Afghanistan Dominates EU Meeting
The world has to do more to help the civilian population in Afghanistan according to European Union foreign ministers meeting in Stockholm. The 27 ministers want to open a so-called "Blue book" which will list what the EU is doing in the country, where projects overlap, and what more needs to be done.
Speaking to Radio Sweden, Swedish Foreign Minister Carl Bildt said that Afghanistan isn't a problem that can be solved by military means alone. He also welcomed the NATO investigation into Friday's bombing, which killed 90 people, calling every life lost in Afghanistan as a "tragedy".
Bildt also told journalists that more has to be done to fight the drug trade in the country, saying that poppy farming provides a huge income to the Taleban. He was supported by EU Commissioner for Foreign Affairs Benita Ferrero Waldner, who also emphasised the need for civilian efforts to improve the lives of the Afghan people.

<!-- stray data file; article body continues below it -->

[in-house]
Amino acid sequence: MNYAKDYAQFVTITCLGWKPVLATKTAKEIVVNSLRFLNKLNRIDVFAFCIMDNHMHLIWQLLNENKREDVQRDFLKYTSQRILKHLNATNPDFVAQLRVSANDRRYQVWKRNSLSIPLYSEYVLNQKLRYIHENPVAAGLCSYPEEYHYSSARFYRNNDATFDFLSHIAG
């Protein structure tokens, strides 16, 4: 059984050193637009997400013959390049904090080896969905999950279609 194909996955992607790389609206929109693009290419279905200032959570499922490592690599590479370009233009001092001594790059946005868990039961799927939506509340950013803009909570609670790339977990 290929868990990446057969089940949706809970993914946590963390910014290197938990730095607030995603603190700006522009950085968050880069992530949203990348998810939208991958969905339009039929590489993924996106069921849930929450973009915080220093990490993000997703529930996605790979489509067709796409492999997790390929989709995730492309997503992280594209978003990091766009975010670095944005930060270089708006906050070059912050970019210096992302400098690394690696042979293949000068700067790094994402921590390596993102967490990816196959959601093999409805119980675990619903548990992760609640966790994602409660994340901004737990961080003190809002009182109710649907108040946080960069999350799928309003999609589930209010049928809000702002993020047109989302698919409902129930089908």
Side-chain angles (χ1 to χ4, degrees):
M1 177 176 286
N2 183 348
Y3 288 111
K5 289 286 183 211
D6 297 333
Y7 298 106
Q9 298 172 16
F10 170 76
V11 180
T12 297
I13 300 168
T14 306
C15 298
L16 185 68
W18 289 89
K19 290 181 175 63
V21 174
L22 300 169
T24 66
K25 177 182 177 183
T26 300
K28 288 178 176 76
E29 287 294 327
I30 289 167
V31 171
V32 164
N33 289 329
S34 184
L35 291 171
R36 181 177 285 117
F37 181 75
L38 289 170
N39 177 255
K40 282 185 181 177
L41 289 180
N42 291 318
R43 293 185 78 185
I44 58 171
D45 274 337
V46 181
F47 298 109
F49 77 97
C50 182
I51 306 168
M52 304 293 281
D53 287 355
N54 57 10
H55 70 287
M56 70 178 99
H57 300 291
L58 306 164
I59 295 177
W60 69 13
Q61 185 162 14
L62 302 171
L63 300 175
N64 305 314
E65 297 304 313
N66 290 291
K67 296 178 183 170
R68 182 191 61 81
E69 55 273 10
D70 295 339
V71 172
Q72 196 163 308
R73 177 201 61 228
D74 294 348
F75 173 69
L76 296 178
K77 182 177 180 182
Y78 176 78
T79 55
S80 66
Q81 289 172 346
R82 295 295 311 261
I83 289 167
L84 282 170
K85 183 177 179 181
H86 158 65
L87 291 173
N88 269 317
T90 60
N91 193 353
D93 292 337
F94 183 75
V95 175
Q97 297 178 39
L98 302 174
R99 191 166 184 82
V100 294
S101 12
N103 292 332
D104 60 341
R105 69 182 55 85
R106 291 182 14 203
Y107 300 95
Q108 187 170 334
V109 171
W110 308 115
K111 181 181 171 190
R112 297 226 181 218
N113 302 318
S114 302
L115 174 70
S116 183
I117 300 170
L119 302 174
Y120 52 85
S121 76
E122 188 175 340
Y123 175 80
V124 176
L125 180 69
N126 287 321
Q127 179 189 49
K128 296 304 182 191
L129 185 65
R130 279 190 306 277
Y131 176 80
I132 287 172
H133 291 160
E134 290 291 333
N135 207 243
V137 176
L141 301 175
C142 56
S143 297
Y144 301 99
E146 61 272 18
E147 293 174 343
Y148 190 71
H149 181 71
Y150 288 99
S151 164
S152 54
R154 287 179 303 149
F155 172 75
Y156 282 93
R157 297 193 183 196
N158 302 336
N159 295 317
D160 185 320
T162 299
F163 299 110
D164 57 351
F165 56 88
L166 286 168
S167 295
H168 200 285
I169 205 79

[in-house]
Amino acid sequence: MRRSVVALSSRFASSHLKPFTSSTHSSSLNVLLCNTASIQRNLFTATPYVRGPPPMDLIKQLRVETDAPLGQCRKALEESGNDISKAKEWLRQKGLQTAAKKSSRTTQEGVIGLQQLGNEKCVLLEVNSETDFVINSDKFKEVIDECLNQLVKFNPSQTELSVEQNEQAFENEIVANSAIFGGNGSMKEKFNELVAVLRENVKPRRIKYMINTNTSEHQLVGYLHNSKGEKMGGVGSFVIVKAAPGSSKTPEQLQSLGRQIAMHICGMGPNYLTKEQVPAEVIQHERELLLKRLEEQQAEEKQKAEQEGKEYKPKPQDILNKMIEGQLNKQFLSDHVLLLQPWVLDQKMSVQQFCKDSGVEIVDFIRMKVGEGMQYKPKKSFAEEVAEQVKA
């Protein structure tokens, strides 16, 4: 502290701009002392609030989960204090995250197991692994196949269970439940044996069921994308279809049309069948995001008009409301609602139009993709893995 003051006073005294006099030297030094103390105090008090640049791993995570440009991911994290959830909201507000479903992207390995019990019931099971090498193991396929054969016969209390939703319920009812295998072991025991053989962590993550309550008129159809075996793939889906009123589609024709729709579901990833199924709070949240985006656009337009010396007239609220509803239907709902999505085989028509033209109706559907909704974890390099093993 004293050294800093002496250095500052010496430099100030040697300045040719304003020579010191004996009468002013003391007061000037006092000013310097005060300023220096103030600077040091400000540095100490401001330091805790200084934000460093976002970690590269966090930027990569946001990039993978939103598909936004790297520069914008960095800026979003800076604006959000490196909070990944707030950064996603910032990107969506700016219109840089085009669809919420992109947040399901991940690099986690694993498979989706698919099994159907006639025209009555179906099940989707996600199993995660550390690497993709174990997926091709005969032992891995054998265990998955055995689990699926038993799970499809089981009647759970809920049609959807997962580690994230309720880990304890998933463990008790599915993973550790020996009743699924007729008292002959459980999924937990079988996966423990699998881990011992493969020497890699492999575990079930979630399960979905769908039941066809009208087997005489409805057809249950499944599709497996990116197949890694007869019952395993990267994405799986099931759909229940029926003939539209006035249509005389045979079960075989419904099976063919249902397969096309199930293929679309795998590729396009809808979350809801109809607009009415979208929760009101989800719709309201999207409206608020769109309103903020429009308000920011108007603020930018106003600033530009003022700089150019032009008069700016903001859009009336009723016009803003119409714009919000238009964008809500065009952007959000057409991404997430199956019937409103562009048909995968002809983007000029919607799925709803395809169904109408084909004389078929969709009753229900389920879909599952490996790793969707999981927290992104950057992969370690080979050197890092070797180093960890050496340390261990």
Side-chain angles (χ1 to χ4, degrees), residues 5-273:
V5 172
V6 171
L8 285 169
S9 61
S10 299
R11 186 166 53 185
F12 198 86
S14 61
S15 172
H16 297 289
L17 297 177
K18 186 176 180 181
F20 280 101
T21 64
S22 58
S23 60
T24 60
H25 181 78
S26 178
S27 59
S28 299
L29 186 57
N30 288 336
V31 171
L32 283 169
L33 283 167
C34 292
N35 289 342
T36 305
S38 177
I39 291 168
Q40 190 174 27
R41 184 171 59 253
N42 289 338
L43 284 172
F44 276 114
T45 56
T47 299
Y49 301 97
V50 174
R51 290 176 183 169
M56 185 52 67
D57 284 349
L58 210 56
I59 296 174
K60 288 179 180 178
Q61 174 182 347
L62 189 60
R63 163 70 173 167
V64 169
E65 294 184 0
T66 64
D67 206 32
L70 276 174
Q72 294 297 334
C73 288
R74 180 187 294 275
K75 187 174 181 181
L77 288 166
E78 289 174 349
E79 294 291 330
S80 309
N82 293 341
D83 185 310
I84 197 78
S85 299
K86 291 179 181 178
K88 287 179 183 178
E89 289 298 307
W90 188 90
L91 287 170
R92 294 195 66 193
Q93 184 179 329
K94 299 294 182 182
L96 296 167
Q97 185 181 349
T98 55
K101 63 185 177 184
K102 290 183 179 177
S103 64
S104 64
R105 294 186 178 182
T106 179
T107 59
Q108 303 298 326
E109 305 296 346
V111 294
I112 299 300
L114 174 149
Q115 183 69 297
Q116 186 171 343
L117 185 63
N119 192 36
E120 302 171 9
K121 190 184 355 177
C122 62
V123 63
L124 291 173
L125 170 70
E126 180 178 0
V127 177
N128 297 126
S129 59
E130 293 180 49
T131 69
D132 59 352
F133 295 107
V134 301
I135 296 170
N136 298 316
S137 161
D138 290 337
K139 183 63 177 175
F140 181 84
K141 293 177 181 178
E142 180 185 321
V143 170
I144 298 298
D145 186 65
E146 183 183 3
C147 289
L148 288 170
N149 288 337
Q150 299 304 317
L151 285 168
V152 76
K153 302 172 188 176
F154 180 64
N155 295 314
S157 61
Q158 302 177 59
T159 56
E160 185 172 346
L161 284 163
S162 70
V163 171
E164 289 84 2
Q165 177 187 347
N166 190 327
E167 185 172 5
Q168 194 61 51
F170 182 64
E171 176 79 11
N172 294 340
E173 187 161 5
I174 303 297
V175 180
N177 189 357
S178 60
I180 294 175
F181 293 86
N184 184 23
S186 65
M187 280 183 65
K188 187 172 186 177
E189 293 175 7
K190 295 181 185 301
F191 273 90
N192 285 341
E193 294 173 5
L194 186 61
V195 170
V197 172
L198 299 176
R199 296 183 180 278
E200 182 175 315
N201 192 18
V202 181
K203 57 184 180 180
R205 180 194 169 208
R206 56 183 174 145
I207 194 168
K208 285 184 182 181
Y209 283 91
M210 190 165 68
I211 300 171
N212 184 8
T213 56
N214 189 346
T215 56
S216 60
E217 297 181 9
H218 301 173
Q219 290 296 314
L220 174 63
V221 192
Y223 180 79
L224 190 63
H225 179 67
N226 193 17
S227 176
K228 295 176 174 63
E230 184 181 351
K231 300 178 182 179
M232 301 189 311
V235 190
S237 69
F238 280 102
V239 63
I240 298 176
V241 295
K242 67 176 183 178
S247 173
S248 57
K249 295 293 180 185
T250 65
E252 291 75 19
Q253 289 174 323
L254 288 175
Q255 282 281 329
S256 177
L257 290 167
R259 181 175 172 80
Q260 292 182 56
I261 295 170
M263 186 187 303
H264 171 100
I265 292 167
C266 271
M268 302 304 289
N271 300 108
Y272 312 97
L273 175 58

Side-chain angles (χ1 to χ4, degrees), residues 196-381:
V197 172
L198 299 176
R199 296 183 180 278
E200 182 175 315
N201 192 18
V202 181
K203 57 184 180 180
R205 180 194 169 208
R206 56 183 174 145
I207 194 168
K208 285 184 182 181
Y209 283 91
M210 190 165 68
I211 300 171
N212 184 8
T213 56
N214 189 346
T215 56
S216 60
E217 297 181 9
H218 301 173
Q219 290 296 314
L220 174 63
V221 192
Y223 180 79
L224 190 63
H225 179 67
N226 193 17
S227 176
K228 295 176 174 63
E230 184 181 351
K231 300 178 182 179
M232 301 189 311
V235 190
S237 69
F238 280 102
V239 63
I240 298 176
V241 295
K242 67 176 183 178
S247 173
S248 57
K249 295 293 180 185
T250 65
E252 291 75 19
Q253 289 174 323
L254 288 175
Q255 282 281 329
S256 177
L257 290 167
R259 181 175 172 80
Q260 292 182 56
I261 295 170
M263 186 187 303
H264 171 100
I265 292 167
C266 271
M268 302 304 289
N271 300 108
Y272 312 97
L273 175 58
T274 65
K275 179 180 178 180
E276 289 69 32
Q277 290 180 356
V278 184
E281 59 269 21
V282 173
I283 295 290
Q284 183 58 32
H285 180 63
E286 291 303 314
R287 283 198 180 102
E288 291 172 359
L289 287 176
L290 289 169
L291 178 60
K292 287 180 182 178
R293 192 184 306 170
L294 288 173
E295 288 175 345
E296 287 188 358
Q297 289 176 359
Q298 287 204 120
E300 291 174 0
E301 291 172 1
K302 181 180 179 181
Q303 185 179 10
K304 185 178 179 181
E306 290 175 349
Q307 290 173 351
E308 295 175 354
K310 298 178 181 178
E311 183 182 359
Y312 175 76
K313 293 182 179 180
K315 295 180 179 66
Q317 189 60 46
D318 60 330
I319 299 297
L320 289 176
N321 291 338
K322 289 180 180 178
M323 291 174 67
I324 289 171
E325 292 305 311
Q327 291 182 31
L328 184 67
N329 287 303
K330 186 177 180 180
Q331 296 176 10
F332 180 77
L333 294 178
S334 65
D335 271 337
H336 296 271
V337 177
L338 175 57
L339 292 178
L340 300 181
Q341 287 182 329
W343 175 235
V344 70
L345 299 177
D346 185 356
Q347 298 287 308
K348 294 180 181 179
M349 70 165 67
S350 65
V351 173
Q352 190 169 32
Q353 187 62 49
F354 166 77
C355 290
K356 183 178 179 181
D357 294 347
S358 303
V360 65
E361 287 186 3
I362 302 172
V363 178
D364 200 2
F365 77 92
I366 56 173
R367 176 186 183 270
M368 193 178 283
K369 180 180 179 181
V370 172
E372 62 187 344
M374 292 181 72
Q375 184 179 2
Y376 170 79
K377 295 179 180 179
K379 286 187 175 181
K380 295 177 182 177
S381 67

Ministers also discussed the troubles in the Middle East, with EU High Representative for Foreign Affairs Javier Solana calling for a stop to recent new settlements in the occupied territories. He also hopes for a new round of talks between the interested parties at the end of this month.
Solana also praised the Swedish presidency for the agenda of the meeting in Stockholm. Claiming he wasn't just saying it to be nice, Solana said that the decision to concentrate only on two issues gave the ministers a chance to have proper discussions and to make proper progress.